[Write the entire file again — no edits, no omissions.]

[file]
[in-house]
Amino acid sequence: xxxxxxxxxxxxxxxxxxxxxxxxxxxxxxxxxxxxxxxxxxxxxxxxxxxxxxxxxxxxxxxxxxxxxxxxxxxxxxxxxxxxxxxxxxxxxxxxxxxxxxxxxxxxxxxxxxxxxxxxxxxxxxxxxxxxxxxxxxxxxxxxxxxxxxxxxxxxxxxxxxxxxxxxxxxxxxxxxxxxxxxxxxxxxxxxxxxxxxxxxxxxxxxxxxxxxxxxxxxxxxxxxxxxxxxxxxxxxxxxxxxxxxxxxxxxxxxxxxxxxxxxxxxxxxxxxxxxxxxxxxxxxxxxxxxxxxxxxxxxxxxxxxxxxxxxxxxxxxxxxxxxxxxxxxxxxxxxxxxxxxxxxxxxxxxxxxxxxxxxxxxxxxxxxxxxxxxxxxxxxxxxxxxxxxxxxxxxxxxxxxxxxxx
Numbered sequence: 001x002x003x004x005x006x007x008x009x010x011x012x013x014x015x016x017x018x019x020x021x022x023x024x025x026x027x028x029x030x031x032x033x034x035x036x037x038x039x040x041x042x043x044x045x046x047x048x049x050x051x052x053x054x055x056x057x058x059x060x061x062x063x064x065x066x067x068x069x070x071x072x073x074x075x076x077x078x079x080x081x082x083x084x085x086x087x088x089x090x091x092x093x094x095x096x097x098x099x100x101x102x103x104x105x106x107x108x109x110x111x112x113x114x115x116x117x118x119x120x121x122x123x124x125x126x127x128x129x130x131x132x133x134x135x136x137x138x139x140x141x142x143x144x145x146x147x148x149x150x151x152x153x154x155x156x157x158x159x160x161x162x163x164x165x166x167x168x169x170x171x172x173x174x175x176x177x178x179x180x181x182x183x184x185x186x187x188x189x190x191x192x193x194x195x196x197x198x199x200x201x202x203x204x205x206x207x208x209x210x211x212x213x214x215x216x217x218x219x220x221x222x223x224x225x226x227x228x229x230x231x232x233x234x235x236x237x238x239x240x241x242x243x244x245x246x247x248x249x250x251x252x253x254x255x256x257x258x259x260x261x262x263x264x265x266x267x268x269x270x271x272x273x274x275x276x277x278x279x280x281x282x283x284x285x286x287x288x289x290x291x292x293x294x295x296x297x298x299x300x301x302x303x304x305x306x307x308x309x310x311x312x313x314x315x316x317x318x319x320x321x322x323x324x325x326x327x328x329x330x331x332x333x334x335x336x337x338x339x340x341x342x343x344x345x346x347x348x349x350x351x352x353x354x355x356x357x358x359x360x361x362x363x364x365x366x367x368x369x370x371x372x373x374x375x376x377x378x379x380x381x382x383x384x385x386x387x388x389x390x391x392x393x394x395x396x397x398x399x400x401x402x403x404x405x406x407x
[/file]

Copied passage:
[in-house]
Amino acid sequence: xxxxxxxxxxxxxxxxxxxxxxxxxxxxxxxxxxxxxxxxxxxxxxxxxxxxxxxxxxxxxxxxxxxxxxxxxxxxxxxxxxxxxxxxxxxxxxxxxxxxxxxxxxxxxxxxxxxxxxxxxxxxxxxxxxxxxxxxxxxxxxxxxxxxxxxxxxxxxxxxxxxxxxxxxxxxxxxxxxxxxxxxxxxxxxxxxxxxxxxxxxxxxxxxxxxxxxxxxxxxxxxxxxxxxxxxxxxxxxxxxxxxxxxxxxxxxxxxxxxxxxxxxxxxxxxxxxxxxxxxxxxxxxxxxxxxxxxxxxxxxxxxxxxxxxxxxxxxxxxxxxxxxxxxxxxxxxxxxxxxxxxxxxxxxxxxxxxxxxxxxxxxxxxxxxxxxxxxxxxxxxxxxxxxxxxxxxxxxxxxxxxxxxx
Numbered sequence: 001x002x003x004x005x006x007x008x009x010x011x012x013x014x015x016x017x018x019x020x021x022x023x024x025x026x027x028x029x030x031x032x033x034x035x036x037x038x039x040x041x042x043x044x045x046x047x048x049x050x051x052x053x054x055x056x057x058x059x060x061x062x063x064x065x066x067x068x069x070x071x072x073x074x075x076x077x078x079x080x081x082x083x084x085x086x087x088x089x090x091x092x093x094x095x096x097x098x099x100x101x102x103x104x105x106x107x108x109x110x111x112x113x114x115x116x117x118x119x120x121x122x123x124x125x126x127x128x129x130x131x132x133x134x135x136x137x138x139x140x141x142x143x144x145x146x147x148x149x150x151x152x153x154x155x156x157x158x159x160x161x162x163x164x165x166x167x168x169x170x171x172x173x174x175x176x177x178x179x180x181x182x183x184x185x186x187x188x189x190x191x192x193x194x195x196x197x198x199x200x201x202x203x204x205x206x207x208x209x210x211x212x213x214x215x216x217x218x219x220x221x222x223x224x225x226x227x228x229x230x231x232x233x234x235x236x237x238x239x240x241x242x243x244x245x246x247x248x249x250x251x252x253x254x255x256x257x258x259x260x261x262x263x264x265x266x267x268x269x270x271x272x273x274x275x276x277x278x279x280x281x282x283x284x285x286x287x288x289x290x291x292x293x294x295x296x297x298x299x300x301x302x303x304x305x306x307x308x309x310x311x312x313x314x315x316x317x318x319x320x321x322x323x324x325x326x327x328x329x330x331x332x333x334x335x336x337x338x339x340x341x342x343x344x345x346x347x348x349x350x351x352x353x354x355x356x357x358x359x360x361x362x363x364x365x366x367x368x369x370x371x372x373x374x375x376x377x378x379x380x381x382x383x384x385x386x387x388x389x390x391x392x393x394x395x396x397x398x399x400x401x402x403x404x405x406x407x